There they check into hotels if they have some money, or get put up in safe houses if they don’t, before heading either for the legal border crossings or the well-worn smuggler routes crisscrossing the 750-km-long border.
“It’s so easy,” said a Syrian living in Kilis who smuggles travelers into Syria through the nearby olive groves and asked to be identified by only his first name, Mohammed. He claims he has escorted dozens of foreigners across the border in the past 18 months, including Chechens, Sudanese, Tunisians and a Canadian.
“For example, someone comes from Tunisia. He flies to the international airport wearing jihadi clothes and a jihadi beard and he has jihadi songs on his mobile,” Mohammed said. “If the Turkish government wants to prevent them coming into the country, it would do so, but they don’t.”
Some opposition politicians have accused the Turkish government of going further than simply tolerating the traffic, saying that it also has helped transport, train and arm the foreign fighters. In the Kurdish areas of northeastern Syria, which Turkey fears may be seeking independence, rumors abound of secret training camps and mysterious military buses filled with fighters dispatched to aid Syrian rebels battling the Kurds.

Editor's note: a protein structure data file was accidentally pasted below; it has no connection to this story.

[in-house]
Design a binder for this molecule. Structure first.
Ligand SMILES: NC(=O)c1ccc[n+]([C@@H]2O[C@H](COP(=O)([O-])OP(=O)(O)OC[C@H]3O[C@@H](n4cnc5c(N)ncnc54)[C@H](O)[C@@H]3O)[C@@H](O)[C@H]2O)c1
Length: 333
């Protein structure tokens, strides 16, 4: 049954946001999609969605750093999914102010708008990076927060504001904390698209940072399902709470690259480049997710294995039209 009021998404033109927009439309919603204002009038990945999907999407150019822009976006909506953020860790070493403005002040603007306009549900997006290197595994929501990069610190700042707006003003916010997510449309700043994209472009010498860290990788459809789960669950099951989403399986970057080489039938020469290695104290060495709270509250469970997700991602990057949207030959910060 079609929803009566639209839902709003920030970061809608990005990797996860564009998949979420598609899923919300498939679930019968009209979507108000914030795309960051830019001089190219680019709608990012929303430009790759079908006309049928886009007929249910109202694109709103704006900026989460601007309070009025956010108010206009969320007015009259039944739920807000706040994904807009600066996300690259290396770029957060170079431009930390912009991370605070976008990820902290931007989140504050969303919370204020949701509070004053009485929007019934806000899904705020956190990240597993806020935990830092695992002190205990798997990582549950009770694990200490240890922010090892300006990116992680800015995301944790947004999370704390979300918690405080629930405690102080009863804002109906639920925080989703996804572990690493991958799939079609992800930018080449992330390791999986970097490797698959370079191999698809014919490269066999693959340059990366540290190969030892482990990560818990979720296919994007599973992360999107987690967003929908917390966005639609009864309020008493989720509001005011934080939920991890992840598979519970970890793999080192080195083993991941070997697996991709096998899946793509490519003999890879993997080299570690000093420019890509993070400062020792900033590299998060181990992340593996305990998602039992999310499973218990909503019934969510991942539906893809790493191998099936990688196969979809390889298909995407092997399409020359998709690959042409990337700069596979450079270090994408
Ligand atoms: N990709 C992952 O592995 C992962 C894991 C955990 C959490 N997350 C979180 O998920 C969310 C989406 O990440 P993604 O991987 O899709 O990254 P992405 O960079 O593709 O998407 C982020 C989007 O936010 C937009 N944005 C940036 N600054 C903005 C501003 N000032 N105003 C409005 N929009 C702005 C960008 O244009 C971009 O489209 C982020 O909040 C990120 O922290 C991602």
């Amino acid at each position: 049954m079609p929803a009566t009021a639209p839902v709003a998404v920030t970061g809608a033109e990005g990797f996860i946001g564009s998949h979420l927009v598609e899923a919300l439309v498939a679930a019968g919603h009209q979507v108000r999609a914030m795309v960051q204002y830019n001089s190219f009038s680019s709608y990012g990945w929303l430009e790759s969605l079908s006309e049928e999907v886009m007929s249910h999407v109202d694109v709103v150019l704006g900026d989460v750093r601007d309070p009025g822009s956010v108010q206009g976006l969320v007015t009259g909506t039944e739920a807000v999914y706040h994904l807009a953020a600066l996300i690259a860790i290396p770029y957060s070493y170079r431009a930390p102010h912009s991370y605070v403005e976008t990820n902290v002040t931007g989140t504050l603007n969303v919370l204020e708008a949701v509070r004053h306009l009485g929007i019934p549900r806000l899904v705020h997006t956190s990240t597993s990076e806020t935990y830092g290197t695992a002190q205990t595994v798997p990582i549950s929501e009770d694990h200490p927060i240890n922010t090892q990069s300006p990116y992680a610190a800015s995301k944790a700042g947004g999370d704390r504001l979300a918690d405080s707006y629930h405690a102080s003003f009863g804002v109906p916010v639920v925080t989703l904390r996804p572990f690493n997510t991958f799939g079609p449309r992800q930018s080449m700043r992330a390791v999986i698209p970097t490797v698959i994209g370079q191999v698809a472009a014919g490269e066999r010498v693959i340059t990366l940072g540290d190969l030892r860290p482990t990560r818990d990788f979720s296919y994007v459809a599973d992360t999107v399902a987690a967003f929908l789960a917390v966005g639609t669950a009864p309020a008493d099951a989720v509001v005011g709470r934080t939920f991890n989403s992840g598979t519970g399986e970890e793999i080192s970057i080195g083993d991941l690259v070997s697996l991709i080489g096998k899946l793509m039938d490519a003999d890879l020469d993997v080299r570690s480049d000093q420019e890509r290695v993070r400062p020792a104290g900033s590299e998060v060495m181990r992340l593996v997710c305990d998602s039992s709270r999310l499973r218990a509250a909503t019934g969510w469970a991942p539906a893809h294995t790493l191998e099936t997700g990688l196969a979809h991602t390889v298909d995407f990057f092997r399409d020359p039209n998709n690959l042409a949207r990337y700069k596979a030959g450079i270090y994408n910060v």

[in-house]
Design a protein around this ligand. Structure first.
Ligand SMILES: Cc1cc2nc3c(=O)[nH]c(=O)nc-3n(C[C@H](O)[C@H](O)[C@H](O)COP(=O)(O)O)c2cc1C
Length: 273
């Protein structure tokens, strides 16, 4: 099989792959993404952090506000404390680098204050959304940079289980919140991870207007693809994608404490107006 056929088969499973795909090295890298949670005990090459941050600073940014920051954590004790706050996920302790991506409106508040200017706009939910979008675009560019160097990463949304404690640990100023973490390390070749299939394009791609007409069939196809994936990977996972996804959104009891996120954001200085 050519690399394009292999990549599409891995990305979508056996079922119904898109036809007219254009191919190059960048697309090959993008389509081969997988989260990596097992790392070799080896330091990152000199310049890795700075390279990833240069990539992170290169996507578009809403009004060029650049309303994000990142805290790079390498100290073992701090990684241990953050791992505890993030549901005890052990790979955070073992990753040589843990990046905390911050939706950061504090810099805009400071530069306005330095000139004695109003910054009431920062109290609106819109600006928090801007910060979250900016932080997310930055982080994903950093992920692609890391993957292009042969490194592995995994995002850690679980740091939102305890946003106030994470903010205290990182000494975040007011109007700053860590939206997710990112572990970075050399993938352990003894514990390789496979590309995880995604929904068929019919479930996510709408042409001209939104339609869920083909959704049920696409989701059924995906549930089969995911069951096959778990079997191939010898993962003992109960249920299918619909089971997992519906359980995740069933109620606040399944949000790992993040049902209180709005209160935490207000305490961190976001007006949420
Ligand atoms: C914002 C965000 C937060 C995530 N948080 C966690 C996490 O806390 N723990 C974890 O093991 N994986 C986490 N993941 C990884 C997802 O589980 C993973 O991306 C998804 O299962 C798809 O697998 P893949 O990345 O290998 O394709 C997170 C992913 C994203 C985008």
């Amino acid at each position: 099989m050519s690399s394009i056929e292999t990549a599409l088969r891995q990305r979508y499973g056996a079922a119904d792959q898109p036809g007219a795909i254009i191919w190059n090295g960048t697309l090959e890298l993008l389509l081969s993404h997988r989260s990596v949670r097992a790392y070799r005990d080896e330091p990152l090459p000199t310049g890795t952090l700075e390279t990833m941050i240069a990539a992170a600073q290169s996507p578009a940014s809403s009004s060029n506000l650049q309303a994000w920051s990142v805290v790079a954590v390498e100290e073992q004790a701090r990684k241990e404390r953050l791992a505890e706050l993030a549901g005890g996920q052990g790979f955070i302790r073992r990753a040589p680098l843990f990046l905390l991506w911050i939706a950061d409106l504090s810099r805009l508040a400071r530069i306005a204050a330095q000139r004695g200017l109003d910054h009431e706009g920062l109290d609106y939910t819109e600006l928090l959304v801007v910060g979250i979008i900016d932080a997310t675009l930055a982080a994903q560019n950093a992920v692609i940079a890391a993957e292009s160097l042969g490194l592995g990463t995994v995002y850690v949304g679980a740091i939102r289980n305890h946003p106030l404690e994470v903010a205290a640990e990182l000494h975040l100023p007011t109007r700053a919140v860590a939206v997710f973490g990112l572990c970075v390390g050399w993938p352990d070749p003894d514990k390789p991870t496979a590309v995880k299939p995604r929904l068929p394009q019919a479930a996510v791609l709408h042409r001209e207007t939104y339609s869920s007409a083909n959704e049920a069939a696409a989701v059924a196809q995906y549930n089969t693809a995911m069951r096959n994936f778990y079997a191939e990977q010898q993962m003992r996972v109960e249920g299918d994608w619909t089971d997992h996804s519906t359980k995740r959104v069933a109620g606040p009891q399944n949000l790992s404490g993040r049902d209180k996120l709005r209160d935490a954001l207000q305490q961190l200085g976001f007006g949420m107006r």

Foreign fighters captured by Kurds have claimed that they were trained in Turkish camps and that Turkish instructors teach at rebel camps in Syria, according to Saleh Muslim, the leader of the Kurdish Democratic Union Party, the biggest Kurdish faction in Syria.
“In the beginning, Turkey helped them directly, and very clearly,” he said in a telephone interview.
Turkey strenuously denies that it has done anything to facilitate the flow of extremists. The Syrian war has overwhelmed Turkey in multiple ways, officials say, and as authorities struggled to accommodate an influx of 600,000 refugees while also aiding the mainstream rebels, they simply overlooked the foreign travelers.
“I don’t think anything was done on purpose,” the Turkish official said. “You can’t tell who is a jihadi or not, and a lot of Muslim people come to our country. Our visa procedure is not so strict.”
“Now, I think, everyone is realizing how much of a problem these extremist groups are,” he added. “At the end of the day, you can’t work with them, and you can’t even count on them to topple Assad.”